It is normal

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The overwhelming impression I get of Moscow is that it is normal: advertizing, traffic, people, dress, customs, manners, commerce (lots and lots of commerce), shopping, monuments, museums. People are behaving as if they were not afraid. People are behaving like big city people do in Munich, Toronto and Sao Paulo. Getting on the tube and getting on home. Browsing in malls. Going to and from the gym.

The visa requirements are stringent. The Russian officials are sticklers for paperwork, but they seem to be human if there is an error. My visa had an erroneous entry, and I was sent to sit on a bench while they worked it out. Visions of being sent back to Ottawa without getting through the border went through my head. Also of being taken to mysterious places for long interrogations. Nothing is more disturbing than to be without one’s passport while foreign officials do unexplained things with it. In the end the bossman at the airport inspection station simply filled in a new visa for me. Note to visitors: read your visa carefully and check twice for errors. I thanked him and we parted with a smile and and a thank you: spasibo.

They are ripping up a large section of the sidewalks on Tsverskaya Boulevard, which leas into Red Square, to replace them with something grander and more suitable for pedestrians: flower beds, wider walkways, paving bricks. The upgrade involves massive amounts of machinery, most of it apparently German, lots of workers, and total disruption, so that everyone is walking on boards between fences decorated with pictures of writers and scientists from Russian history. Unlike Canada, the project will be done in four months this summer, and not be spread over two years.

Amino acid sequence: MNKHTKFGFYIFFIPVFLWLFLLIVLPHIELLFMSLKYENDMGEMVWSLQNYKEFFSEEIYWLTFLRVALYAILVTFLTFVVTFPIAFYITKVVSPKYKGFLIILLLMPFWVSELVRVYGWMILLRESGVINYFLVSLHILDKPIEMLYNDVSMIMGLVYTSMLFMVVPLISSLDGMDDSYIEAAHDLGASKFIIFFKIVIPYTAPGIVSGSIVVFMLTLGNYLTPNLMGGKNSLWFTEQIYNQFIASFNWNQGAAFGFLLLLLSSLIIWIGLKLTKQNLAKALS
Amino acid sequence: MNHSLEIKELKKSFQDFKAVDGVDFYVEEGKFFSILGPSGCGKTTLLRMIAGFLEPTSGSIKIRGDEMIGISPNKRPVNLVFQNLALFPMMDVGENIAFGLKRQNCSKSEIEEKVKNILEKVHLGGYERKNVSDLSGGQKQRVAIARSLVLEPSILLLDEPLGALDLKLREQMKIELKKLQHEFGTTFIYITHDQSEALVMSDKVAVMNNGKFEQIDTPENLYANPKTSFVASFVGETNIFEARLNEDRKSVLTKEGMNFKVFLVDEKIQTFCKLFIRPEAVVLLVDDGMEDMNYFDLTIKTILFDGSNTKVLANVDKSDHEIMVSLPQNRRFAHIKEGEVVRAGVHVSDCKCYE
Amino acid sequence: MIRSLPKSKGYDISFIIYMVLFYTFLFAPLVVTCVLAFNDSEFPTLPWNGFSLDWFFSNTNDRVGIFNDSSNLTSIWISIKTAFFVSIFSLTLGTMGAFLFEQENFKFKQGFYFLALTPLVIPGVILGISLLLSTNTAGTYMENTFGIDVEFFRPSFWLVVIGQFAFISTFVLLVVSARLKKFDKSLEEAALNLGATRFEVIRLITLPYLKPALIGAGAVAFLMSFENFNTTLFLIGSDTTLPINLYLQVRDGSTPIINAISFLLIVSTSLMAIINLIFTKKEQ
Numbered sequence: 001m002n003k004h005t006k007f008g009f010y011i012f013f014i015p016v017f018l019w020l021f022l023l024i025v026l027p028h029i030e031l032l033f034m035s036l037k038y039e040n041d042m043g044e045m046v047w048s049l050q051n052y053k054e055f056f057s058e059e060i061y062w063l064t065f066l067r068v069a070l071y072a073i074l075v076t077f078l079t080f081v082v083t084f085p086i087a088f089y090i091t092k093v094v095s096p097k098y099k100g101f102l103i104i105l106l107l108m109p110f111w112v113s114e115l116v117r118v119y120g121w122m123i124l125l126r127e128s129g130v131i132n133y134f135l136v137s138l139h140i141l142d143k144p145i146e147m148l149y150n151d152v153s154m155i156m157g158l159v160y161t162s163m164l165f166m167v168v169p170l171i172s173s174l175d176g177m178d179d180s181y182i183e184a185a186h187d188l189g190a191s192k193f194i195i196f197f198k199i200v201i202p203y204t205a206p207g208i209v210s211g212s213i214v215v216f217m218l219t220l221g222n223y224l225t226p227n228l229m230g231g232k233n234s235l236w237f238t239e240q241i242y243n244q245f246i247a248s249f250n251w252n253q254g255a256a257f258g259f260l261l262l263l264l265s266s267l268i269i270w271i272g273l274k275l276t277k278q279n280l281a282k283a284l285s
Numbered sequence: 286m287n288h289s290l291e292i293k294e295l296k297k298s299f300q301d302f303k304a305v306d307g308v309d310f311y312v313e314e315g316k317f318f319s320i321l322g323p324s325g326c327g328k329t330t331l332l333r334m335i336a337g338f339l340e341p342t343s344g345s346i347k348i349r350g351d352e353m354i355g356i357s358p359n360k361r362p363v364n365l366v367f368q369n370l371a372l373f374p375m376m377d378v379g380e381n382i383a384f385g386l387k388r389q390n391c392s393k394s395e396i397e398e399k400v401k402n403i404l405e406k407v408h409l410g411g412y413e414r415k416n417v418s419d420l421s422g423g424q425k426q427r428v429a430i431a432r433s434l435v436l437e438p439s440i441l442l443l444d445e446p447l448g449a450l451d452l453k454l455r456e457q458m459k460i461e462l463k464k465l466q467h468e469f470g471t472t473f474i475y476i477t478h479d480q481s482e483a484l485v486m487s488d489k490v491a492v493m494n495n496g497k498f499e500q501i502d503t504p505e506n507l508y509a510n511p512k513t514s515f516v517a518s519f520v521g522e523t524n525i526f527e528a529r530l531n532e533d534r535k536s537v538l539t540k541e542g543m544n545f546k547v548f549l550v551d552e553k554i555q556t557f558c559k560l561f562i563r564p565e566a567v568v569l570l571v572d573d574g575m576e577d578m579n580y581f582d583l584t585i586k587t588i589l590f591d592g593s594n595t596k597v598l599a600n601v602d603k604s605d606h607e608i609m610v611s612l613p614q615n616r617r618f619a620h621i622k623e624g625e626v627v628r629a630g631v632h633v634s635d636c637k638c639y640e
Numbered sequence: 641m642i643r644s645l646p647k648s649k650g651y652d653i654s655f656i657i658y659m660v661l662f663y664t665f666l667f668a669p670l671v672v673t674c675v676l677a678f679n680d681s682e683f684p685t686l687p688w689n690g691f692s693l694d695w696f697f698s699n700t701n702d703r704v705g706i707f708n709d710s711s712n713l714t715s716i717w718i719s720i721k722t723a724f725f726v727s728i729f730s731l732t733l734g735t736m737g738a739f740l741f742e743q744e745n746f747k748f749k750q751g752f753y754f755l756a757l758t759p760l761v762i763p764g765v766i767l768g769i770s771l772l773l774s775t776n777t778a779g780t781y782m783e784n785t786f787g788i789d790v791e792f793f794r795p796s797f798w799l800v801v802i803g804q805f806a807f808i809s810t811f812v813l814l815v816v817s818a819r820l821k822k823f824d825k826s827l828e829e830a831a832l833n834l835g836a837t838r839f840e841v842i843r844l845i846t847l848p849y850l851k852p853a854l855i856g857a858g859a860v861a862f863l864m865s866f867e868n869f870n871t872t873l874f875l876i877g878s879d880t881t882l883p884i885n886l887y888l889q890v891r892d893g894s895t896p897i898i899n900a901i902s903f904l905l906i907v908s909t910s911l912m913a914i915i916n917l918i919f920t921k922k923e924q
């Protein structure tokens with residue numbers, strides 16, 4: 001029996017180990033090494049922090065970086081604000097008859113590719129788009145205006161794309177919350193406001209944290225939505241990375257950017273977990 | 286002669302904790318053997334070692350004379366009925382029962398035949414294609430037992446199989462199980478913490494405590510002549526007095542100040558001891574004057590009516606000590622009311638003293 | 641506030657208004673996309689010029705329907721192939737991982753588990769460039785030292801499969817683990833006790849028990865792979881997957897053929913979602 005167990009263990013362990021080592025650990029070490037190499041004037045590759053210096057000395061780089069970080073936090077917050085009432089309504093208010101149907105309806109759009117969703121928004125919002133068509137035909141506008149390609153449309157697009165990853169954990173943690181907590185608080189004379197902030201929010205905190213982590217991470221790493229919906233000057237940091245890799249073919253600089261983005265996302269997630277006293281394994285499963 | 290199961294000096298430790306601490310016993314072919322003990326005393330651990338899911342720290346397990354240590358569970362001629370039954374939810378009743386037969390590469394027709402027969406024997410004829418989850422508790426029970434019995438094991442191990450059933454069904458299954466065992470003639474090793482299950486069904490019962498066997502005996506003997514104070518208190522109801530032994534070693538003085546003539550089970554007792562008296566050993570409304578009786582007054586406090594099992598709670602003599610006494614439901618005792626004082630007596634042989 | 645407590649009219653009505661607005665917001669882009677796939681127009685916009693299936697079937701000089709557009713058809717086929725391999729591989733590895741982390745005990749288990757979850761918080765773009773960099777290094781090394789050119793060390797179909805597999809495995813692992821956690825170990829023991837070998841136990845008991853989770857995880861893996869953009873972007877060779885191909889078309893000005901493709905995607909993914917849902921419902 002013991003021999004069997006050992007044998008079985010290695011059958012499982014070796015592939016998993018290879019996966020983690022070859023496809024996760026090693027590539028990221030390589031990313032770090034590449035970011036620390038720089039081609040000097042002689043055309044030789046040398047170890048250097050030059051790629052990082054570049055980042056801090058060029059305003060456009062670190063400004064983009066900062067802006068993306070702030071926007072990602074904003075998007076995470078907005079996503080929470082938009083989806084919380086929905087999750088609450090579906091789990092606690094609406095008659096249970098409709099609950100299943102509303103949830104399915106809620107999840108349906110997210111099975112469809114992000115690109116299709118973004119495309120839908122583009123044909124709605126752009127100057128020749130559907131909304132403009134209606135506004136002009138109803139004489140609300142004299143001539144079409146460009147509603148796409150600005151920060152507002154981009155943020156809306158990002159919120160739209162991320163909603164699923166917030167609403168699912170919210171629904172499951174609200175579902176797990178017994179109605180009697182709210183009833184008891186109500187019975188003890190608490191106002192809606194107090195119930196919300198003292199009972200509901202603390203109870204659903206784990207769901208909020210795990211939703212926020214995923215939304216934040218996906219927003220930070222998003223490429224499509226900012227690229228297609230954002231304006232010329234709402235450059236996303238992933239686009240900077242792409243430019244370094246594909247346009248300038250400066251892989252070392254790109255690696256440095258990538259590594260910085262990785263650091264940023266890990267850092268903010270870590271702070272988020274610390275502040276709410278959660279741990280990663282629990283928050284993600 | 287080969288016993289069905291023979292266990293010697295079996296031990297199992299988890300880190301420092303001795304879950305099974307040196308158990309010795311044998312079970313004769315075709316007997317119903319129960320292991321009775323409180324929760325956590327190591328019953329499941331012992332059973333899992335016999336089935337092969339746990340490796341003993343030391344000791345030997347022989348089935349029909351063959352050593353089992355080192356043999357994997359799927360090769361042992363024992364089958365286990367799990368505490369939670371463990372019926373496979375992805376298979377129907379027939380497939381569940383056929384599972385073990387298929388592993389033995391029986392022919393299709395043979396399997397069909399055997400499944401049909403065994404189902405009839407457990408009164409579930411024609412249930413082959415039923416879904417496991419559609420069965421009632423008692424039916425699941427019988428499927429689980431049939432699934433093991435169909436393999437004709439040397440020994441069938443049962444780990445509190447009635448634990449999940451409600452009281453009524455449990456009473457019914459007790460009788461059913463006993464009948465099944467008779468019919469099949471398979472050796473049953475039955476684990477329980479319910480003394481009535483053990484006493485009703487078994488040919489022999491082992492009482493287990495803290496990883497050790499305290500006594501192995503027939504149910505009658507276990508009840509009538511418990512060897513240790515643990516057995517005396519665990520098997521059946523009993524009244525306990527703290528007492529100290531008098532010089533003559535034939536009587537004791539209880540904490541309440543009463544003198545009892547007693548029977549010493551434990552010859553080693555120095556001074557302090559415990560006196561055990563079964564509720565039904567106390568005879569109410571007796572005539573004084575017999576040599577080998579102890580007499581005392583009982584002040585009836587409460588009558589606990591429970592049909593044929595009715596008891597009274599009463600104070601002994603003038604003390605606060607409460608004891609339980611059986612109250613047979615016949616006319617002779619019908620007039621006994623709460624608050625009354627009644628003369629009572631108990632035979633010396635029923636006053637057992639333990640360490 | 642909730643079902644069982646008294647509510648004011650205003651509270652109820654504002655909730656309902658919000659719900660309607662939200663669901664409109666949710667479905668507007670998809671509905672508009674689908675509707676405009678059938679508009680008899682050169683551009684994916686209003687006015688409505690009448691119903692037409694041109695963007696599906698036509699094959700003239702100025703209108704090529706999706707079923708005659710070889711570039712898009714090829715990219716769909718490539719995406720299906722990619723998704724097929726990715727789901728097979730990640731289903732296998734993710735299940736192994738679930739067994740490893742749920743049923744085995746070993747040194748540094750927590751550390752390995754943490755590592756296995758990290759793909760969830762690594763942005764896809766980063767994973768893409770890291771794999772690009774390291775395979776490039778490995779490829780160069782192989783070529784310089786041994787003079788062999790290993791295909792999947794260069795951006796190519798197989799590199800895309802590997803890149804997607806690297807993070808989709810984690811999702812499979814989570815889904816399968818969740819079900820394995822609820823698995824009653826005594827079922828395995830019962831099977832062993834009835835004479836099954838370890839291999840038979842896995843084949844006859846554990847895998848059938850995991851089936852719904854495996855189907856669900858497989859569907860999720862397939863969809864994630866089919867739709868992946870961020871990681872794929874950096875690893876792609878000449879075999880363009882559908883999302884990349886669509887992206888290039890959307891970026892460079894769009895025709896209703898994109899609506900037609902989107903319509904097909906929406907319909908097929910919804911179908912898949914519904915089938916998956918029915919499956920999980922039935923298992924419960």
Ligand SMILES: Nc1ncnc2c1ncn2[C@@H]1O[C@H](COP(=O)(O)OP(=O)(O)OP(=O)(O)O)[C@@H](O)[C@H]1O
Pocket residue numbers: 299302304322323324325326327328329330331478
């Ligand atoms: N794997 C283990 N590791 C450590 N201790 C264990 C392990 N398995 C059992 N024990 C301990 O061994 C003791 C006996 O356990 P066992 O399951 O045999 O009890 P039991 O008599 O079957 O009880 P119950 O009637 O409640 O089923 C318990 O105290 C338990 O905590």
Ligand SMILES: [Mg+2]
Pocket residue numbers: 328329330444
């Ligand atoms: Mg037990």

Another sign of normality is The Moscow Times, where you can learn lessons in Russian etiquette, or read criticism of Putin, corruption, and ostentatious rich kids. I realize it is an English language publication, but it is good journalism.

The conference I attended was filled with Russian geeks and businessmen acting exactly like their European and American counterparts in the IT and Internet industries, looking for business, passing out cards, listening to lectures on how they handle denial of service attacks, transition to IPv6, and peer with one another’s networks.

I may have cause to change my mind by the time I leave, but my impression, superficial though it be, is that Russia has passed out of Communist fear-driven behaviour decisively. It must always be remembered, as Solzhenitsyn said, that the first and most serious victims of Communism were the Russians themselves. The rebound from that dark age continues. They need a hundred years more of peace and prosperity. I hope they get it.

I thought this quote from him to be particularly apt:

Today when we say the West we are already referring to the West and to Russia. We could use the word ‘modernity’ if we exclude Africa, and the Islamic world, and partially China.

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